My test-bench measurements, using an Audio Precision test set, showed that the maximum output level is actually +28dBu, which is even more impressive. It means that the recorder, A-D converter, or DAW interface will always clip before the preamp, so it’s really not necessary to have meters on the preamp — the destination device, which will always have meters, will always be the critical element when it comes to setting levels.
The THD+N figure I obtained (with 60dB gain and a +4dBu output level) was 0.07 percent, and only by boosting the input level to generate an output of +24dBu could I improve the THD+N figure to 0.008 percent. Although these figures are not quite as good as the published specs, they still represent an impressive performance, and especially so for 80dB of gain (with a +24dBu output level), which achieved an excellent THD+N figure of 0.08 percent.
One of the more unusual specifications to publish is the variation in bandwidth as the gain is increased. This phenomenon is to be expected: all amplifiers are defined by a value known as the ‘gain-bandwidth product’, so the more gain delivered by the amp the narrower the bandwidth over which it can operate effectively, and vice-versa. In the RMP2’s case, the published specs claim a bandwidth extending beyond 1MHz at low (<40dB) gain settings, reducing to around 300kHz at 60dB of gain. This is equal to or better than much of the competition over that ‘traditional’ gain range.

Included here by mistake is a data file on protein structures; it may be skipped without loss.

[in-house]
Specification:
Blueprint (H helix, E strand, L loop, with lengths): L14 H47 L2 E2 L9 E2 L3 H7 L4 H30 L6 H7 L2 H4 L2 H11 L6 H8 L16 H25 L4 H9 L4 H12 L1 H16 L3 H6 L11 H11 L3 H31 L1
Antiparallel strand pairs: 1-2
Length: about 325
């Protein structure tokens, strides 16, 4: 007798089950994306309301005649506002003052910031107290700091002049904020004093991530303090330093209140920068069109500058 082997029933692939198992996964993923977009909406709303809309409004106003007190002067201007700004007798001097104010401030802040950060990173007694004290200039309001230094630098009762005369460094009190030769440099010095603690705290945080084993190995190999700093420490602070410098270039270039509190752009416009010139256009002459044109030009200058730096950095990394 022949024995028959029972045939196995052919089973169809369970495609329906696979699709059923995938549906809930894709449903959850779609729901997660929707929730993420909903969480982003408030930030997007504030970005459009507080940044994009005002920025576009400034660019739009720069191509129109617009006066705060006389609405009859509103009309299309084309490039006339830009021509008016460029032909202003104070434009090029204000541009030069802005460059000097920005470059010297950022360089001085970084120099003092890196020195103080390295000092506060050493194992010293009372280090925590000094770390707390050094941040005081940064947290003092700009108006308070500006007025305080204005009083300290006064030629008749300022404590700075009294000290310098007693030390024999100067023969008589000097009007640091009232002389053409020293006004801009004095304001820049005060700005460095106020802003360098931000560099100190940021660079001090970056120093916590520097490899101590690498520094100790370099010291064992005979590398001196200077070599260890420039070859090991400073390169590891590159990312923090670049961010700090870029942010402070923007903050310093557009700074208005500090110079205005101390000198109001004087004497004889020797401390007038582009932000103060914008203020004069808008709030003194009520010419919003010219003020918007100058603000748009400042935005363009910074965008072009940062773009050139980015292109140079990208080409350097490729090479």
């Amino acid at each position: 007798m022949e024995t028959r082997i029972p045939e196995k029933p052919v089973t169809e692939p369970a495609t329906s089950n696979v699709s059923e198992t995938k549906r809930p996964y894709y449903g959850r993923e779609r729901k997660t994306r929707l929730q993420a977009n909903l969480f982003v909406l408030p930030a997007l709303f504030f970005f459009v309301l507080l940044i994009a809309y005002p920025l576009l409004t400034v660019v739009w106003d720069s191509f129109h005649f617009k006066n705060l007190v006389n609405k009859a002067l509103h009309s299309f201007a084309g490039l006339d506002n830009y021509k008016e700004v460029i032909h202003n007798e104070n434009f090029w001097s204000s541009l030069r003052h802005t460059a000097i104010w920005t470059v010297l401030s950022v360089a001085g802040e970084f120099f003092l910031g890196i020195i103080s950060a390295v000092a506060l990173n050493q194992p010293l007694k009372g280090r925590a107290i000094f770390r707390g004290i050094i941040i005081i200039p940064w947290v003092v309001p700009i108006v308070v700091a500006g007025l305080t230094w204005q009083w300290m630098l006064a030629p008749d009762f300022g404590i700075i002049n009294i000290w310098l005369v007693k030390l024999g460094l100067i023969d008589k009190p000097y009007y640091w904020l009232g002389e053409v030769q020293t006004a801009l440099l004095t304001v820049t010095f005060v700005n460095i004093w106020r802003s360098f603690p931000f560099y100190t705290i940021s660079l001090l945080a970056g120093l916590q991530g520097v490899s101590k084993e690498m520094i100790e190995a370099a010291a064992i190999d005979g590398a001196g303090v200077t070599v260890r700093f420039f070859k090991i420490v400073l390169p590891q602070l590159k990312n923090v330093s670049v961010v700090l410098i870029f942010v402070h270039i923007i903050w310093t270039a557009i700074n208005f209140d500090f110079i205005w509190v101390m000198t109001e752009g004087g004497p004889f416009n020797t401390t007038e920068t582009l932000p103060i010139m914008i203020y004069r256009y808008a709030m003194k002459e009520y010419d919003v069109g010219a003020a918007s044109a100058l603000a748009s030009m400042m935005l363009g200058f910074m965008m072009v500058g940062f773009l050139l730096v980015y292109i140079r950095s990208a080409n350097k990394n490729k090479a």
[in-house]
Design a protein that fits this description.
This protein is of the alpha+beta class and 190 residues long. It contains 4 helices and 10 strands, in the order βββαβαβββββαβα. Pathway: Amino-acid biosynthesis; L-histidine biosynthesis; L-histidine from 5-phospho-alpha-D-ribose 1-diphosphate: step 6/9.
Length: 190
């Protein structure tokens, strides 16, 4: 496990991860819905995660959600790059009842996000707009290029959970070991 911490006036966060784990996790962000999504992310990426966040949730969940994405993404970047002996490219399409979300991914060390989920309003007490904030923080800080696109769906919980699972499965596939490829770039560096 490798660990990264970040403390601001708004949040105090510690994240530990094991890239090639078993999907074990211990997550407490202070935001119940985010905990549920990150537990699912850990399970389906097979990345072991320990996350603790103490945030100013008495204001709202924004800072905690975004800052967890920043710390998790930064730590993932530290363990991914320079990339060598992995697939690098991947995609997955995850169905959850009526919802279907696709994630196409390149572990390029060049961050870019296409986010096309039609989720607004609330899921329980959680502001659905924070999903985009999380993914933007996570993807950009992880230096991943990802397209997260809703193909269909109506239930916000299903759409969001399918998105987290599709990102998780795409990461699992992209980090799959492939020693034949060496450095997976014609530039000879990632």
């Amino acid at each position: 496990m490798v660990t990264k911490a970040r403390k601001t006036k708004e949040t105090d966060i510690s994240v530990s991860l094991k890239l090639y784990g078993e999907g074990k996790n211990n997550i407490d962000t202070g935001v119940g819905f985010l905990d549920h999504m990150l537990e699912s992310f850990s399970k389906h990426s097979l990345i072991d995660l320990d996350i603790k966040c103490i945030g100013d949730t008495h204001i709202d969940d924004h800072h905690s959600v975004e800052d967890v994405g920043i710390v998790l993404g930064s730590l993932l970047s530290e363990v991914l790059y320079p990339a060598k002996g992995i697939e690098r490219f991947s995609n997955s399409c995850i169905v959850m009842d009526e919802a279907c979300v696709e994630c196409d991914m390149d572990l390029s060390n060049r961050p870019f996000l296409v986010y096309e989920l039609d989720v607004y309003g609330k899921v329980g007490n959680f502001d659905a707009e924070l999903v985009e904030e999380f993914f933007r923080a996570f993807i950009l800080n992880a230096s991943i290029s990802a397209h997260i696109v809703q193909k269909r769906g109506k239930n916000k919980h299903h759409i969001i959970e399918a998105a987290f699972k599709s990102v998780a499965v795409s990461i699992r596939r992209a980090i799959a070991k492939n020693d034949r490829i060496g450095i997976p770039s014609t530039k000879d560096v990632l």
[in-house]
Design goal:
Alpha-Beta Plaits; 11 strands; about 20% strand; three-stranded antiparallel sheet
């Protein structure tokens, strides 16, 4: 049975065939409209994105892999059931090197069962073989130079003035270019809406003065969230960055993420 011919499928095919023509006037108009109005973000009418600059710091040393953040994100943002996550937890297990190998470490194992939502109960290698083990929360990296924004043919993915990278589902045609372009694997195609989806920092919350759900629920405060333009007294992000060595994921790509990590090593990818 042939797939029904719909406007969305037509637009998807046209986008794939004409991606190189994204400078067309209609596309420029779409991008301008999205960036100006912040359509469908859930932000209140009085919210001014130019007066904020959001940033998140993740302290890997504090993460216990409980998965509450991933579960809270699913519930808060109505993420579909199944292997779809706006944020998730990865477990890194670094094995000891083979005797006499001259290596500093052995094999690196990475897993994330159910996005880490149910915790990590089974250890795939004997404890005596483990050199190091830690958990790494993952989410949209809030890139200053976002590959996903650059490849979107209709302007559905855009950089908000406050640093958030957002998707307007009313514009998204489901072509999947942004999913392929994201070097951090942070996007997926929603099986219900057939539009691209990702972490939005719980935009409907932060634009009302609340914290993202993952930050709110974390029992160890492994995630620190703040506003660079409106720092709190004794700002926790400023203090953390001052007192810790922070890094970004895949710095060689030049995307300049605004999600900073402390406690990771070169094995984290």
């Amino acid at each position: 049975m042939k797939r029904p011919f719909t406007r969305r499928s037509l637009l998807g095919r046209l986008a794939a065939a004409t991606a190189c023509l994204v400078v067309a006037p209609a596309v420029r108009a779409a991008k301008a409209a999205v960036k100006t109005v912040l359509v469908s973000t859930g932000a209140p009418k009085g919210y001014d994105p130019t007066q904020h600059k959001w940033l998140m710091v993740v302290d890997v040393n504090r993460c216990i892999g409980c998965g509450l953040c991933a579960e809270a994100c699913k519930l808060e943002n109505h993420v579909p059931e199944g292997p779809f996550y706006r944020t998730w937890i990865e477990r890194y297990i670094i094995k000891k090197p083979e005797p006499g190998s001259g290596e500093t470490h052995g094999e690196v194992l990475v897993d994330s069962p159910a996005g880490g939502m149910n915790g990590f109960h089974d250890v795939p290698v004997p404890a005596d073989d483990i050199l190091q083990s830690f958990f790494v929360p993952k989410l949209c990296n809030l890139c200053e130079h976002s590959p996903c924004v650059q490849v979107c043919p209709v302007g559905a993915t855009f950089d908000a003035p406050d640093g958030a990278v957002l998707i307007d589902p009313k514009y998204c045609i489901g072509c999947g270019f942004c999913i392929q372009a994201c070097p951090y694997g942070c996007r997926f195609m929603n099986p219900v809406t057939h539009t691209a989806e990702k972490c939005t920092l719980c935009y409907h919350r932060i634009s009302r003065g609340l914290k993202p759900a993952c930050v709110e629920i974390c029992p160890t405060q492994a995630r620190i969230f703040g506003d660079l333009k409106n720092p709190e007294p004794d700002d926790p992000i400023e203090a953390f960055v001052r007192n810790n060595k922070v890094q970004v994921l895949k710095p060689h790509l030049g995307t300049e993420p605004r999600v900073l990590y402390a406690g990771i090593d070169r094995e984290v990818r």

Of course, the RMP2 is unusual in delivering 20dB more gain than most, yet the manual only quotes the -3dB bandwidth limit at 74dB of gain (70kHz), and not for the maximum of 80dB. In testing this myself I found the -3dB point falls to a still-very-acceptable 40kHz at 80dB of gain. For all gain settings below 68dB, the response was within 0.1dB between 10Hz and 20kHz.
A Fast Fourier Transform plot revealed some mains frequency harmonic residuals in the output signal. With 60dB of gain (and using the medium-impedance setting), the 50Hz fundamental and 150Hz third harmonic components were below -80dBu, and even at the maximum 80dB of gain they remained below -60dBu, all of which is pretty good. However, switching to the high-impedance mode caused the mains hum levels to rise by a further 20dB, rendering them audible in some circumstances. I presume this is as a result of increased sensitivity to radiated fields within the unit itself when configured in the high-impedance mode.